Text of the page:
4.     The learned counsel for the appellant has raised only one argument in the course of hearing. He has submitted that the company itself had issued an insurance policy in a sum of Rs.3,54,000/- effective from 13th February, 2002 to 12th March, 2003 and had also accepted a premium on that basis and as such to claim that the appellant was entitled to a figure below that amount was wholly unjustified. He has also 5 submitted in elucidation, that there was absolutely no basis for the surveyor's conclusion that the appellant was entitled to a sum of Rs.1,80,000/- on total loss basis in the face of the estimate made by the Chambal Motors for a much larger amount.

5.     The learned counsel for the Company - Respondent has , however, pointed out that the appellant's counsel, had in his arguments before the National Commission, given up his claim to Rs.3,54,000/- as now contended, and had limited the same to Rs.1,80,000/- and this amount had in fact been allowed and in this view of the matter, any claim for a further sum was not justified. It has also been pleaded that the appellant had led no evidence to challenge the value put on the vehicle by the surveyor so as to substantiate his claim.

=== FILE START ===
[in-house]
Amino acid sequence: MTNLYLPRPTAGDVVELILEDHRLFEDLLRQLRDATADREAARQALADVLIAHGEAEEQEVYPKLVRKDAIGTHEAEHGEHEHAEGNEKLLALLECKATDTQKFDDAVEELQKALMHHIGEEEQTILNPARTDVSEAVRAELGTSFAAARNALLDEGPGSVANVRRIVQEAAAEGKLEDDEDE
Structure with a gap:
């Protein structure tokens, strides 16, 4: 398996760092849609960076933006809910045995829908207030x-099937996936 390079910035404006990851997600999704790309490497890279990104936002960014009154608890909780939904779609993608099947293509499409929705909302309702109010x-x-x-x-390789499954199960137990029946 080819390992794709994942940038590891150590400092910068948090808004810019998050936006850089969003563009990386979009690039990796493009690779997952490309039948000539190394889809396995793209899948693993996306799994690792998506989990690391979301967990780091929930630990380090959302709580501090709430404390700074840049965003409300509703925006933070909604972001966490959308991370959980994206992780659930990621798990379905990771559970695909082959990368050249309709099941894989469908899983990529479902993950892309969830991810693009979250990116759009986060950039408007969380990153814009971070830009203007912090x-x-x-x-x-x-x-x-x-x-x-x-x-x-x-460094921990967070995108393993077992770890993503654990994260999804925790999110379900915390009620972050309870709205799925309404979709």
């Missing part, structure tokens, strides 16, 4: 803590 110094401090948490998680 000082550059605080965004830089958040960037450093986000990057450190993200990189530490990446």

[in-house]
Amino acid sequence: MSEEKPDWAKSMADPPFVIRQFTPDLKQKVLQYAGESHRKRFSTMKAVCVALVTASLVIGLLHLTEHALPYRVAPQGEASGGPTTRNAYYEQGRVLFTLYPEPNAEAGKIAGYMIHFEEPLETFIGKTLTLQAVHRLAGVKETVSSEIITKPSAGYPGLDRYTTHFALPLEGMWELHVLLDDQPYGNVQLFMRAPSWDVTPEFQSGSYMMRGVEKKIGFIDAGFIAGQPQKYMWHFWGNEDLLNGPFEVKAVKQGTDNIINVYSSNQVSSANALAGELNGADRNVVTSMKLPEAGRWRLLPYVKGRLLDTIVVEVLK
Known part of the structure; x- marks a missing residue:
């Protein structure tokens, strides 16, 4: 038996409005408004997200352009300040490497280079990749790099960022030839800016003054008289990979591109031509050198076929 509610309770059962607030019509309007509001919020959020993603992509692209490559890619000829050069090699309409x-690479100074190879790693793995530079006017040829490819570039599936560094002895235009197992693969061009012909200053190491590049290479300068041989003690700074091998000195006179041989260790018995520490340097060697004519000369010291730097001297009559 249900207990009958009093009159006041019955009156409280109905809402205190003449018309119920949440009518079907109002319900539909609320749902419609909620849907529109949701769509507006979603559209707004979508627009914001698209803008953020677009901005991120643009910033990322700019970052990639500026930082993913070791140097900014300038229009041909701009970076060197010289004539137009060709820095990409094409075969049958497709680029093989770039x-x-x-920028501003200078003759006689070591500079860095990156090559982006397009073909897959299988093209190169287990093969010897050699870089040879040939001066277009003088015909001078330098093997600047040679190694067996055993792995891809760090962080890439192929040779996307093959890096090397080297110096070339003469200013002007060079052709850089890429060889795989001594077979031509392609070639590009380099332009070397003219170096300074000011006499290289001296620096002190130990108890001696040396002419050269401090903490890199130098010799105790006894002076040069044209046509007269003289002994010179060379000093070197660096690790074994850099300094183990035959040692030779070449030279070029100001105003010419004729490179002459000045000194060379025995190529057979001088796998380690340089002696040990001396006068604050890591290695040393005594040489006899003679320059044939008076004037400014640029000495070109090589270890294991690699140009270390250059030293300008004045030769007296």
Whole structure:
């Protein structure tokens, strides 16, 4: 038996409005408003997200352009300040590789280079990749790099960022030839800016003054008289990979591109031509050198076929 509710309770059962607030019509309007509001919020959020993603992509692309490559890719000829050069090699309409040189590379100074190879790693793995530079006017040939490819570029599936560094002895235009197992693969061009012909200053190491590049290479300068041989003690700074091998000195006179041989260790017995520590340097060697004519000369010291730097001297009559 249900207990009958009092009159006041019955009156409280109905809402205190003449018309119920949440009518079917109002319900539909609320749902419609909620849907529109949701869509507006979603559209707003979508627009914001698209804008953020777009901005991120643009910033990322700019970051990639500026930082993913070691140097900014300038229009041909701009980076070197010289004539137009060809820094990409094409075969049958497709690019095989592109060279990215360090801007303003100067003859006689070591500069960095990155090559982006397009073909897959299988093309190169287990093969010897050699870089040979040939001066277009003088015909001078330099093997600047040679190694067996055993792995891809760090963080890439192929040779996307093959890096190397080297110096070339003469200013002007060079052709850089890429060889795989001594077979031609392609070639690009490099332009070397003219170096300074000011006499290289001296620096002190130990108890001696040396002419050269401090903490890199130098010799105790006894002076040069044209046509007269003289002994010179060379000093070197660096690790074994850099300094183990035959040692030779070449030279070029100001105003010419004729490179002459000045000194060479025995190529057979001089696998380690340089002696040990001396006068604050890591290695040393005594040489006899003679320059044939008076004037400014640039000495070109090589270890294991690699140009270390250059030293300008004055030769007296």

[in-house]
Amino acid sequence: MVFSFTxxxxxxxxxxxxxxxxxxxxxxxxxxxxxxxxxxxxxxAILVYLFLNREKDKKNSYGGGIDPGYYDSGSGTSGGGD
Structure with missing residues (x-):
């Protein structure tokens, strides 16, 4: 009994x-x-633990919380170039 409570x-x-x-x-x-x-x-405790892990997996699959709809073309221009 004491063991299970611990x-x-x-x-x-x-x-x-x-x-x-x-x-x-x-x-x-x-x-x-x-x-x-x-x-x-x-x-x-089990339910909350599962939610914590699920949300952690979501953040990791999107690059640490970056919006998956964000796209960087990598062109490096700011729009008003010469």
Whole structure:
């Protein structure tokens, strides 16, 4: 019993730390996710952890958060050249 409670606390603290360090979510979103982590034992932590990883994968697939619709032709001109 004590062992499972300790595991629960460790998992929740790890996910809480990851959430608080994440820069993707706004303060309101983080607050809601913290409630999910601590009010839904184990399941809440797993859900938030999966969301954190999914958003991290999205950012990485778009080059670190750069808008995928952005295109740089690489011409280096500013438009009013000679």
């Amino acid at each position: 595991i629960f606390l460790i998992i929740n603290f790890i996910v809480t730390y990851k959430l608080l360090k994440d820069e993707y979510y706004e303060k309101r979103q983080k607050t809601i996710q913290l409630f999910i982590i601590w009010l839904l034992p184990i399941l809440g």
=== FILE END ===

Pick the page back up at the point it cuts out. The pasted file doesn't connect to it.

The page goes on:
6.     We have heard the learned counsels for the parties and have gone through the record very carefully. The facts as narrated above remain uncontroverted. Admittedly, the accident had happened on 10th September, 2002 during the validity of the Insurance Policy taken on 13th February, 2002 insuring the vehicle for Rs.3,54,000/- on a premium of 6 Rs.8498/- It is also the admitted position that the vehicle had been declared to be a total loss by the surveyor appointed by the company though the value of the vehicle on total loss basis had been assessed at Rs.1,80,000/- We are, in the circumstances, of the opinion that as the company itself had accepted the value of the vehicle at Rs.3,54,000/- on 13th February, 2002, it could not claim that the value of the vehicle on total loss basis on 10th September, 2002 i.e., on the date of the accident was only Rs.1,80,000/-. It bears reiteration that the cost of the new vehicle was Rs.4,30,000/- and it was insured in that amount on 19th January, 2000 and on the expiry of this policy on 18th January, 2001, was again renewed on 19th January, 2001 on a value of Rs.3,59,000/- and on the further renewal of the policy on 13th February, 2002 the value was reduced by only Rs.5,000/- to Rs.3,54,000/-. We are, therefore, unable to accept the company's contention that within a span of seven months from 13th February 2002 to the date of the accident, the value of the vehicle had depreciated from Rs.3,54,000/- to Rs.1,80,000/-. It must be borne in mind that Section 146 of 7 the Motors Vehicles Act, 1988 casts an obligation on the owner of a vehicle to take out an insurance policy as provided under Chapter 11 of the Act and any vehicle driven without taking such a policy invites a punishment under Section 196 thereof. It is therefore, obvious that in the light of this stringent provision and being in a dominant position the insurance companies often act in an unreasonable manner and after having accepted the value of a particular insured good disown that very figure on one pretext or the other when they are called upon to pay compensation. This `take it or leave it' attitude is clearly unwarranted not only as being bad in law but ethically indefensible. We are also unable to accept the submission that it was for the appellant to produce evidence to prove that the surveyor's report was on the lower side in the light of the fact that a price had already been put on the vehicle by the company itself at the time of renewal of the policy. We accordingly hold that in these circumstances, the company was bound by the value put on the vehicle while renewing the policy on 13th February, 2002.